Some people, no matter what they look like or who they are, have the
incessant urge to always succeed, whatever the cost. Such is the case with
26-year-old Mona Hibbard (Minnie Driver), who has been practicing for the
Miss American Miss pageant ever since she was 8. With her pretty, but
unconventional looks, she has rarely won any of the contests she has entered,
even going as far as sabotaging other contestants' routines simply to give
her a better chance at winning. Growing up in a lower-class household with a
white-trash mother and no-good stepfather, Mona hasn't exactly gotten the
love that she has wanted, but who could blame the people around her when she
is such a self-centered person herself?
At 19, Mona had a child out of wedlock, and instead of caring for her
daughter, Vanessa (played at age 7 by Hallie Kate Eisenberg), her best friend
Ruby (Joey Lauren Adams) has taken over as surrogate mother, unbeknownst to
most people. The resemblance between Mona and Vanessa is uncanny to many, but
they manage to brush such things off, as Mona remains to her daughter simply
her "mother's" obnoxious best friend.
After winning Miss Illinois at the state competition, Mona finally has come
thisclose to fulfilling her dream, being eligible for the Miss American Miss
pageant. But then an unforeseen event strikes, and Mona, somewhat of a child
herself, finds herself having to take care of Vanessa by herself, including
taking her to the competition, despite mothers not being allowed to be
runners in the contest.
"Beautiful," the feature film directorial debut of Sally Field, is, like Mona
Hibbard, an unconventional comedy-drama that is surprisingly biting in its
treatment of the central character, who is often distasteful and conceited.
In an average film on the same subject, Mona would be presented as far more
sympathetic just so she could be more likable for mainstream audiences, but
director Field and screenwriter Jon Bernstein hold nothing back in showing
how reprehensible someone can be simply to achieve a decidedly petty goal.
As Mona, the talented Minnie Driver (2000's "Return to Me") perfectly creates
this person who is unknowingly a monster on the outside, a side effect of
never experiencing love and compassion before in her own family. Mona is not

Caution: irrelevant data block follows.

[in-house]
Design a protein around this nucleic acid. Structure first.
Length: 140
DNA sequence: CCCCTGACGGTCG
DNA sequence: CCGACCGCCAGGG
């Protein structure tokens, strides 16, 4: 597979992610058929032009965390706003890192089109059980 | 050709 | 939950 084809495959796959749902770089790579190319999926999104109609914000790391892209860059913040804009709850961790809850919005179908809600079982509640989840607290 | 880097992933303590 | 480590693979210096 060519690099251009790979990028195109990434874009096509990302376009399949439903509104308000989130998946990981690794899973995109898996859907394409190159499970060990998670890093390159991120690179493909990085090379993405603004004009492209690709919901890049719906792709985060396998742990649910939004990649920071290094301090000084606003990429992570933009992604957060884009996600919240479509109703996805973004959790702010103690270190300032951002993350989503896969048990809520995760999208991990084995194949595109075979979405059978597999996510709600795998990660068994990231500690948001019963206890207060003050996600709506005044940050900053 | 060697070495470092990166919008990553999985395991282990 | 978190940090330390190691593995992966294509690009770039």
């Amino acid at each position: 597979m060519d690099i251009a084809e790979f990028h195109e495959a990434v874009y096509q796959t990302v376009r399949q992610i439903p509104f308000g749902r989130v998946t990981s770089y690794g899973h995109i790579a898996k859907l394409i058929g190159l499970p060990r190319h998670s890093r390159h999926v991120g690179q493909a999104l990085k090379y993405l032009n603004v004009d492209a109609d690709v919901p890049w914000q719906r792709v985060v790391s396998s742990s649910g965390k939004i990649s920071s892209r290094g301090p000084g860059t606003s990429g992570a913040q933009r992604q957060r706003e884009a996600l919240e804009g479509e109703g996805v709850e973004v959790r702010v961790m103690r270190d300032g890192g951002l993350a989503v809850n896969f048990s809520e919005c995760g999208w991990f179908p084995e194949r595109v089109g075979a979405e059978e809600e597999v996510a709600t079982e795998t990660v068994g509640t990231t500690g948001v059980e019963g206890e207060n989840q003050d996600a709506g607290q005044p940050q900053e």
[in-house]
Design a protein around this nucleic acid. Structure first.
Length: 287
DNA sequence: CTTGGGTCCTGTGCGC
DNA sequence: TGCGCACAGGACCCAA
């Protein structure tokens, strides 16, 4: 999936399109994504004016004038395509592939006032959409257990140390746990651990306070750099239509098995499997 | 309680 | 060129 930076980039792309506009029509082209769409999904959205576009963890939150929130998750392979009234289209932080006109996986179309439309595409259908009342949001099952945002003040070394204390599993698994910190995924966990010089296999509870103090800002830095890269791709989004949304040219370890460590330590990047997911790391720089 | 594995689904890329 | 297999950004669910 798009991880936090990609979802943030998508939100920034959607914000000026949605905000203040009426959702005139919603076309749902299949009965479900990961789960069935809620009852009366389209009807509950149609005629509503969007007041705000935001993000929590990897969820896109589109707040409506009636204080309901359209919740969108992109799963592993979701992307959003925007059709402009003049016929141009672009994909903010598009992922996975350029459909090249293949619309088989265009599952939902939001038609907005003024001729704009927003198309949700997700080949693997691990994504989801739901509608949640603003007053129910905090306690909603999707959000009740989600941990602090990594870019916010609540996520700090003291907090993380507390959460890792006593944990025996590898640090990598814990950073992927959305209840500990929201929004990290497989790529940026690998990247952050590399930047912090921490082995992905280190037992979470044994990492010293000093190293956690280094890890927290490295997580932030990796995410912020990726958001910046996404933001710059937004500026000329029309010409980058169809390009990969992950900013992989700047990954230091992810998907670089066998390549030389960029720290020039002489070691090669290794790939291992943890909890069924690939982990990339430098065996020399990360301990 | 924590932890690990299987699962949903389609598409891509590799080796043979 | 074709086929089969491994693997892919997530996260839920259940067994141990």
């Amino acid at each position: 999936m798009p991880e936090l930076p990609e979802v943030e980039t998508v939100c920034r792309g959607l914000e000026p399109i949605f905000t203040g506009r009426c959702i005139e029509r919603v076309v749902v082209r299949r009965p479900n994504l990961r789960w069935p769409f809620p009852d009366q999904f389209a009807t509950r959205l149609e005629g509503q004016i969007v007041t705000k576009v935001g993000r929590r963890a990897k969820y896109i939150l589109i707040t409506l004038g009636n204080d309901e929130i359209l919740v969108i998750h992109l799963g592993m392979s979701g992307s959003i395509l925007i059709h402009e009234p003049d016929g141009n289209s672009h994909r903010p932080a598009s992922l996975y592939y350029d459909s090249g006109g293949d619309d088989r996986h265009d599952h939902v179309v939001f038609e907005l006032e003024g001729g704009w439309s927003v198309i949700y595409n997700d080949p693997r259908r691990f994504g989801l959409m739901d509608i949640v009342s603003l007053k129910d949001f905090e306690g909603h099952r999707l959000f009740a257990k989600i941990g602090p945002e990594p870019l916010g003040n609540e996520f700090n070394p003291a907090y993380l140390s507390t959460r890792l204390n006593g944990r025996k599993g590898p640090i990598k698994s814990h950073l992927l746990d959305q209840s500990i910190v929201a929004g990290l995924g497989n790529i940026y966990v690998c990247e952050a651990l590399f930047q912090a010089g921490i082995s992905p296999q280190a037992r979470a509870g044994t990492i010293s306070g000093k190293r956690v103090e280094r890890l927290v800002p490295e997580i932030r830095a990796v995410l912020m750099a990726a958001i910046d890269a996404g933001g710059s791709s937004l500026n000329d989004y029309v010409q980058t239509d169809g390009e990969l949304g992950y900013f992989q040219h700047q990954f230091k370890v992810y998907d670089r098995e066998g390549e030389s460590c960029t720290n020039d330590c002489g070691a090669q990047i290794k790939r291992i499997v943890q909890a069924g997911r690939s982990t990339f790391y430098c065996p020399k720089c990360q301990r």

always likable, but there are very few actresses who could aid as a bridge
between such a difficult character and the viewer, and Driver is luckily one
of them. Moreover, as the film progresses and she begins to experience what
she has missed by having her sights set on only one thing, Mona gradually
does become more compassionate, and the catharsis she finally has is
effectively done in the climax.
Best known as the Pepsi girl who imitates the likes of Aretha Franklin and
Ray Charles, young Hallie Kate Eisenberg (1999's "Bicentennial Man") is very
good and thankfully not unctuous as the strong-willed, confused Vanessa, who
Mona discovers possesses many of the same traits she did as a child.
Eisenberg and Driver work well together, and the familial relation between
the two is believable. Meanwhile, Joey Lauren Adams (1997's "Chasing Amy") is
her usual impressive self, even when her character's motivations are a little
fuzzy and you unavoidably question why she would stay friends with someone
like Mona for all these years.
In supporting roles, Leslie Stefanson (1999's "The General's Daughter"),
while doing a professional job, is more of an annoyance than an interesting
character, as a news reporter out to expose the many unwholesome things Mona
has done over the years. Kathleen Turner is even more wasted as beauty
pageant expert Verna Chickles, and it is unfortunate to see her return to
such a throwaway role after her wonderful work in this year's best film (so
far), "The Virgin Suicides." As fellow Miss American Miss contestants, both
Bridgette L. Wilson (1999's "House on Haunted Hill," but when did she start
getting credited with the middle initial?) and Kathleen Robertson (1999's
"Splendor") are surprisingly memorable, as a poignant twist in the story's
conclusion exposes both of them as being exactly like Mona, something she
Along with some extremely funny moments and the occasional insightful
character moments, "Beautiful" is an entertaining, if flawed, motion picture
all the way up until the disastrous final five minutes, which turn up the
self-appreciation and cheeseball meters so high that it becomes sickening.
The sudden shift in tones in that last stretch of running time is both
jarringly and seemingly out of another movie altogether, and it largely
undermines the integrity of the film as a whole. "Beautiful" is the type of
movie whose basics have been traveled many times before, but it is done well
for the most part. Its successfulness in the first 105 minutes only makes its
stay of execution in the finale all the more depressing.
Copyright © 2000 Dustin Putman